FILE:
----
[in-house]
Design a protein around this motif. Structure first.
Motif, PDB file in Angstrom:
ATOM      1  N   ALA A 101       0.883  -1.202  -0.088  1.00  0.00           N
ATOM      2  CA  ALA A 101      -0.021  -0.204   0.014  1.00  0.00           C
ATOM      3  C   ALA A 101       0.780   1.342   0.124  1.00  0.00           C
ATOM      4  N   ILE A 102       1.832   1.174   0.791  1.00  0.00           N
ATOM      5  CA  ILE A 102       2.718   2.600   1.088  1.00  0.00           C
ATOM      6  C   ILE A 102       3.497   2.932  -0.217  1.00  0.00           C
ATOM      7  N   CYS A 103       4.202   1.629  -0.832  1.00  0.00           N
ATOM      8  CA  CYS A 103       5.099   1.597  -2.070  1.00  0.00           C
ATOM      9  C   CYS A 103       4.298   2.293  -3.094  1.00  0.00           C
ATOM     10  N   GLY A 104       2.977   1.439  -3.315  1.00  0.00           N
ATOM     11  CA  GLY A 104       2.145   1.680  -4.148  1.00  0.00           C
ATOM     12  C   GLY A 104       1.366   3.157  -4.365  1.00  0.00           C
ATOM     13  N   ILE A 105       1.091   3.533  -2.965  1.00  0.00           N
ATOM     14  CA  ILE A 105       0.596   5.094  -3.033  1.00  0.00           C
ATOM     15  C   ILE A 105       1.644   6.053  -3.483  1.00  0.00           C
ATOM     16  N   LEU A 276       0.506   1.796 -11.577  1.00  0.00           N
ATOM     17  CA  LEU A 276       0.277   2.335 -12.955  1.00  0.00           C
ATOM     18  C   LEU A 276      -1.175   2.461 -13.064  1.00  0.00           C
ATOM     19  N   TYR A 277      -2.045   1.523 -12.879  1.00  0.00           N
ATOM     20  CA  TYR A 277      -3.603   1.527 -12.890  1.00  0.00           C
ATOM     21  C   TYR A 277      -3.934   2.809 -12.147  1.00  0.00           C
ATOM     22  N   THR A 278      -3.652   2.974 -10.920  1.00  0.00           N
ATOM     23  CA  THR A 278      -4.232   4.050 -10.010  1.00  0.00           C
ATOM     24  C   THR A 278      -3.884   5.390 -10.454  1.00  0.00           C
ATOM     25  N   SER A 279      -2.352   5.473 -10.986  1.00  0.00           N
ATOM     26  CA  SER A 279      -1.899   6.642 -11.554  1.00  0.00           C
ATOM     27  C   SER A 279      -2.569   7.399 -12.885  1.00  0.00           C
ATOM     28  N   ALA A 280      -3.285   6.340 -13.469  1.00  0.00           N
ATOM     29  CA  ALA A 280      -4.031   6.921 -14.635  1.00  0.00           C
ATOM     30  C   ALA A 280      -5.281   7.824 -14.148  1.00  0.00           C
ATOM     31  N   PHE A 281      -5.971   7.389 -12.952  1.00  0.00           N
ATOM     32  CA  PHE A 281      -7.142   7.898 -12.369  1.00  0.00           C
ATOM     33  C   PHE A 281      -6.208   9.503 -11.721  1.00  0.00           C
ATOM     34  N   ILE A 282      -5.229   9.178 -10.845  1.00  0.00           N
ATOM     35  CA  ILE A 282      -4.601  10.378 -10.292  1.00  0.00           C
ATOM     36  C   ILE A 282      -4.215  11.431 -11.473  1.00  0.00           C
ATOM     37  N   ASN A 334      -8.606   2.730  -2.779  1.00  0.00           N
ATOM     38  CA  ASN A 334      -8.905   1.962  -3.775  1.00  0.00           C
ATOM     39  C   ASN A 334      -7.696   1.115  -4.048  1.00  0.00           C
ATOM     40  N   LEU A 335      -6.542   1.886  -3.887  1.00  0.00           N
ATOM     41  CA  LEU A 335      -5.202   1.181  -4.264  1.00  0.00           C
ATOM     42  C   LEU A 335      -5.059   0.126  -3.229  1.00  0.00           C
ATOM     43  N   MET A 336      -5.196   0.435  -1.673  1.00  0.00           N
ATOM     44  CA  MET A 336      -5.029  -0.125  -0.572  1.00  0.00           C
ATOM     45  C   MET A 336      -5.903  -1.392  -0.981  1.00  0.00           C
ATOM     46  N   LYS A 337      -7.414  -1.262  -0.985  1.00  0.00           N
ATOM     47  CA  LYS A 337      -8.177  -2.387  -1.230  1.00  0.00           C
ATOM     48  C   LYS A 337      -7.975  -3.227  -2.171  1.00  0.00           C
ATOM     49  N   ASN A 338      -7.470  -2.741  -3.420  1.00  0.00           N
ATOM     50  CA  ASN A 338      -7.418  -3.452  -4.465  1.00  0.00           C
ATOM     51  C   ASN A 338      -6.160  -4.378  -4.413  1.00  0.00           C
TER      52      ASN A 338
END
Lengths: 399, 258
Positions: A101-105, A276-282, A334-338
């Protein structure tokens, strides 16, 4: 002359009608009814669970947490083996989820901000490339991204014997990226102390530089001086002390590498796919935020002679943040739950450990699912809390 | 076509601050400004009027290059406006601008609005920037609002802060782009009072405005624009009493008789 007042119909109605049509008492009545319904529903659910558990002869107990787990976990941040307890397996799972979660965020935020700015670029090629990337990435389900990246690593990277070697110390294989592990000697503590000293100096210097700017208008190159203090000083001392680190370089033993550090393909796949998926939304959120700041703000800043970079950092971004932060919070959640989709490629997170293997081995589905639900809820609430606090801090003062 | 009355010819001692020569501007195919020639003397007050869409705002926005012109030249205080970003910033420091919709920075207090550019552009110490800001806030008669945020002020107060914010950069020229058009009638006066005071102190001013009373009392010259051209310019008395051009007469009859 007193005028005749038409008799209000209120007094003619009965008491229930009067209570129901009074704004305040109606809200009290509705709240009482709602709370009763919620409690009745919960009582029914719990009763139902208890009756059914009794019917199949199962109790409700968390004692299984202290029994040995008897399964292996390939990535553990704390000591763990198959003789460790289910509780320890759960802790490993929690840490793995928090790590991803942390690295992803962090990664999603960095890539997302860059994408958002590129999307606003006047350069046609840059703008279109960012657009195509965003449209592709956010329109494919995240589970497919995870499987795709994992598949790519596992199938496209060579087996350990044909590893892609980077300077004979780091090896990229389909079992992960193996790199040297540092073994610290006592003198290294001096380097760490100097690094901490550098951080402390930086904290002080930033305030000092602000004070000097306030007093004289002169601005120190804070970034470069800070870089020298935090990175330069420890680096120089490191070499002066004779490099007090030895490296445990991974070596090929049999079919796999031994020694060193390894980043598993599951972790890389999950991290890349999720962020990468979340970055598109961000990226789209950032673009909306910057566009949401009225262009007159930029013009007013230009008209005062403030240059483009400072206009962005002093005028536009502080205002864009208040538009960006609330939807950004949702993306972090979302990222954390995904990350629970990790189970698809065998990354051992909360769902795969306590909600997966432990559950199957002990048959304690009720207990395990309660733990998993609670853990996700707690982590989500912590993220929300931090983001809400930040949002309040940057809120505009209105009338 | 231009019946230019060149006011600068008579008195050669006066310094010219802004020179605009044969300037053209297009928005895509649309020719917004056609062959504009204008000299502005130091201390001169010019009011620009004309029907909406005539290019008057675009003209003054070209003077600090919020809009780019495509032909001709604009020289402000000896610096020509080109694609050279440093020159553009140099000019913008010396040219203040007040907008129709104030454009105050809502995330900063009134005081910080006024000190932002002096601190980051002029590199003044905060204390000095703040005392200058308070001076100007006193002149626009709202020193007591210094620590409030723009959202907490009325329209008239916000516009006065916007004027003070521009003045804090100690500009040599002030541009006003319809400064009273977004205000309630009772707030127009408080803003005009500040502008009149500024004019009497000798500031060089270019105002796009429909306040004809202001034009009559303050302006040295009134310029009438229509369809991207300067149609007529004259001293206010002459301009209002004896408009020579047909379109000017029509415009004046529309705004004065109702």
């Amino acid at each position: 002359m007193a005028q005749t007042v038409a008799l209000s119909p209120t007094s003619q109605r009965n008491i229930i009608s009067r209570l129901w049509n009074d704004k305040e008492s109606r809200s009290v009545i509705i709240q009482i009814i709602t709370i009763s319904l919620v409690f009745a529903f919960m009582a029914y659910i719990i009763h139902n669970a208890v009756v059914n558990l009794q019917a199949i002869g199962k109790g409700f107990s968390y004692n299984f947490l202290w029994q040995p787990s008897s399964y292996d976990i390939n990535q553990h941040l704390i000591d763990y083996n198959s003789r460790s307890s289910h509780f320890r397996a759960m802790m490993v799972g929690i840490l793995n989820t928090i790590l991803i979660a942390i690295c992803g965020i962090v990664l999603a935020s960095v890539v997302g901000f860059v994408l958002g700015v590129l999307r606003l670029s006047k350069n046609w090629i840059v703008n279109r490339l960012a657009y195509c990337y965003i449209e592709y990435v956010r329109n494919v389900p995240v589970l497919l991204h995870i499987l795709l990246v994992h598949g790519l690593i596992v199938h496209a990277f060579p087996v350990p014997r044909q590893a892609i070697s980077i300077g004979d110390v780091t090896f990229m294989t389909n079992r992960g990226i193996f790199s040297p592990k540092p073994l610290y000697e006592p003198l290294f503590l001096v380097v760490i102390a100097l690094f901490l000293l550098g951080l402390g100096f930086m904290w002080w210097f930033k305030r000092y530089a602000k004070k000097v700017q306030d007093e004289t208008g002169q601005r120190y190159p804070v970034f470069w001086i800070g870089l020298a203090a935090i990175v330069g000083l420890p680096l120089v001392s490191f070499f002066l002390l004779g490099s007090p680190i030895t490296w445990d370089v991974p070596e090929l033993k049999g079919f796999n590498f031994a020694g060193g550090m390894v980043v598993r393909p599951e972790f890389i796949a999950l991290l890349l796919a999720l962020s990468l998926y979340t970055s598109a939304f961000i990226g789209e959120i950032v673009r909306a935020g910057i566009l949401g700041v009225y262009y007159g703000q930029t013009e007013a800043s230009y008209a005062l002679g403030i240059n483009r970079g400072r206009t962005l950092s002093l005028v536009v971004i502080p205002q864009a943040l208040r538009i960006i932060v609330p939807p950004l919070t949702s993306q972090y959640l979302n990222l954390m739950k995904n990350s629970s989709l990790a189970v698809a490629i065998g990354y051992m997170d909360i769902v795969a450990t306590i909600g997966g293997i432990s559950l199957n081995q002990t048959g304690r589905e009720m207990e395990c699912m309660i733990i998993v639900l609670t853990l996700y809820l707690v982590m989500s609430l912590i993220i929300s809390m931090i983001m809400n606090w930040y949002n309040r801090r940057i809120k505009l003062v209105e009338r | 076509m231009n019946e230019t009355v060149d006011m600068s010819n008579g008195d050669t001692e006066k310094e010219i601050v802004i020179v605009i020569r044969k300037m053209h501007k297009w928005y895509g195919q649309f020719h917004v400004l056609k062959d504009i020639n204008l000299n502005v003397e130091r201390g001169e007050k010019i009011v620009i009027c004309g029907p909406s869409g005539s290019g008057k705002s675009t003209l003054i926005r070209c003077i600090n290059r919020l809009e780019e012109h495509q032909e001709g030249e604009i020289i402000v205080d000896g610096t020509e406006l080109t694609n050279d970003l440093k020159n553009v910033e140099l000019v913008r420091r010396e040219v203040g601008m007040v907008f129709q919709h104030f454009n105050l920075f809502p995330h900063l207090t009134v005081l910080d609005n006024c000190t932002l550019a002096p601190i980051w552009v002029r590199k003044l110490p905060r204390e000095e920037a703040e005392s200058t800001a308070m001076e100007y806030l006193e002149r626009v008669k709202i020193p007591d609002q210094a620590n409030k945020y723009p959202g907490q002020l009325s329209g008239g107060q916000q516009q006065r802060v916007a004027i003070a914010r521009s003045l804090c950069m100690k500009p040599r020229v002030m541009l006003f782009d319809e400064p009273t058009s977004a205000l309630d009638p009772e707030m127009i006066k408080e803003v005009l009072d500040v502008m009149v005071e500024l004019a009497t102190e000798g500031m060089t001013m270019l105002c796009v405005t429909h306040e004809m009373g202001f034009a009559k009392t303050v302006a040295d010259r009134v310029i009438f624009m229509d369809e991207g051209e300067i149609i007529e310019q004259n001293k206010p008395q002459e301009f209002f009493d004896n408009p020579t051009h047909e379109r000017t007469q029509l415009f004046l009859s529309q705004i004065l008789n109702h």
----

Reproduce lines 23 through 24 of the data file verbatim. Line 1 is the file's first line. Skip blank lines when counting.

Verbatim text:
ATOM     20  CA  TYR A 277      -3.603   1.527 -12.890  1.00  0.00           C
ATOM     21  C   TYR A 277      -3.934   2.809 -12.147  1.00  0.00           C